Alright, but I must be fair. Perhaps the promoters of Salvage just got a bit carried away with themselves. Who hasn’t slathered the prose on a bit thick from time to time? One should not dismiss an entire century-and-a-half old belief system on the basis of a single overwritten fundraising letter. It would be wrong to jettison Marxism after 200 words, however telling those words might be.

Indeed! But I have a second case study. This one is from the pages of Jacobin magazine. It is an article by Matthijs Krul entitled “Marx Still Matters,” and aims to show exactly what the title says. Perfect! I will find out precisely why I here in 2015, living so long after Marx’s death, should nevertheless voluntarily entangle myself in his beard.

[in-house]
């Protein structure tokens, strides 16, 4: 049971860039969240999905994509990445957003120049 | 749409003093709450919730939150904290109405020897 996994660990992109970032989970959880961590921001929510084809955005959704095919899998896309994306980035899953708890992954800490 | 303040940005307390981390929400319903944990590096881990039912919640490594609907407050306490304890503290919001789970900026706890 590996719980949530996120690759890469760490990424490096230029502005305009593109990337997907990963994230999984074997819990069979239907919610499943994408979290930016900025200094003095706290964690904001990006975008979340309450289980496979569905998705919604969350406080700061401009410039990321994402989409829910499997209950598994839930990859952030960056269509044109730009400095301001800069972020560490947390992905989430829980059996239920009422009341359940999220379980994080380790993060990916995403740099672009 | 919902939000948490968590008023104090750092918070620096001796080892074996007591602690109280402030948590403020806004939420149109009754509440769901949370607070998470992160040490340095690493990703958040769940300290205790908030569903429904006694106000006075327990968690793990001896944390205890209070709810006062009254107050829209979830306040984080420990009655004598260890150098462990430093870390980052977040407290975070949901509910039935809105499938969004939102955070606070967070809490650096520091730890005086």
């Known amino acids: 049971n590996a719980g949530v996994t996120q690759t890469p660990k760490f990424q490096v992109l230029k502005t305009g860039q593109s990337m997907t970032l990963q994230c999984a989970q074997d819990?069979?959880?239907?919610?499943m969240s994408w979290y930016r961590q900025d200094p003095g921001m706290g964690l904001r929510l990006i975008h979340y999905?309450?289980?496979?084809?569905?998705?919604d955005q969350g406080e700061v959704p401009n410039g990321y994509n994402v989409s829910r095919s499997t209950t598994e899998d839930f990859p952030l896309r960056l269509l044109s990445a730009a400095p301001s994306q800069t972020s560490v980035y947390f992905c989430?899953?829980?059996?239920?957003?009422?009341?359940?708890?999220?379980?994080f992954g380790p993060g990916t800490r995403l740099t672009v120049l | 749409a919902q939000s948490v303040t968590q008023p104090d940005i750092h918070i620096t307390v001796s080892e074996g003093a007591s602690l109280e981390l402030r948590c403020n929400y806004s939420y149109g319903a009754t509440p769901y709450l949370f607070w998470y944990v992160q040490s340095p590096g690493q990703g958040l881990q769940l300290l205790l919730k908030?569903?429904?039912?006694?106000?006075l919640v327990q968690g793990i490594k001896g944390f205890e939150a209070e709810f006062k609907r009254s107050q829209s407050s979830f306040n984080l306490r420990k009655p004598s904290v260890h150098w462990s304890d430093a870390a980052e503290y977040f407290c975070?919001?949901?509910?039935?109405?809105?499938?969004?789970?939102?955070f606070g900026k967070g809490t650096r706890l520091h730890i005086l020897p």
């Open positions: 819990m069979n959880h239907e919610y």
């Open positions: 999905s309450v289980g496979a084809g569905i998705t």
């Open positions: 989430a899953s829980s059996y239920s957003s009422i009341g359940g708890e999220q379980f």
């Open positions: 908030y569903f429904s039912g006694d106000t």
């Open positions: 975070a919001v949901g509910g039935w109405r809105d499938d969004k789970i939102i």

Apparently a new biographer of Karl Marx has concluded that Marx was ultimately a figure of the nineteenth century. To some, that may seem an incontrovertible fact. But it is not, because in describing Marx as having a “nineteenth-century life,” the author has implied the provocative notion that Marx’s ideas have limited relevance to the present day. Because Mr. Krul is a Marxist, he wishes to defend the ideas of Marx against this charge of irrelevance. Let’s see an example of how he rebuts the new biographer, and proves Marx’s relevance:

Sperber observes that Marx had an interest in agricultural chemistry but views this as a marginal hobby. He notes neither the great prescience of Marx and Engels’s interest in agricultural transformation and ecological constraints, nor the importance of their comradely relations with Justus von Liebig, the nineteenth century’s greatest organic chemist.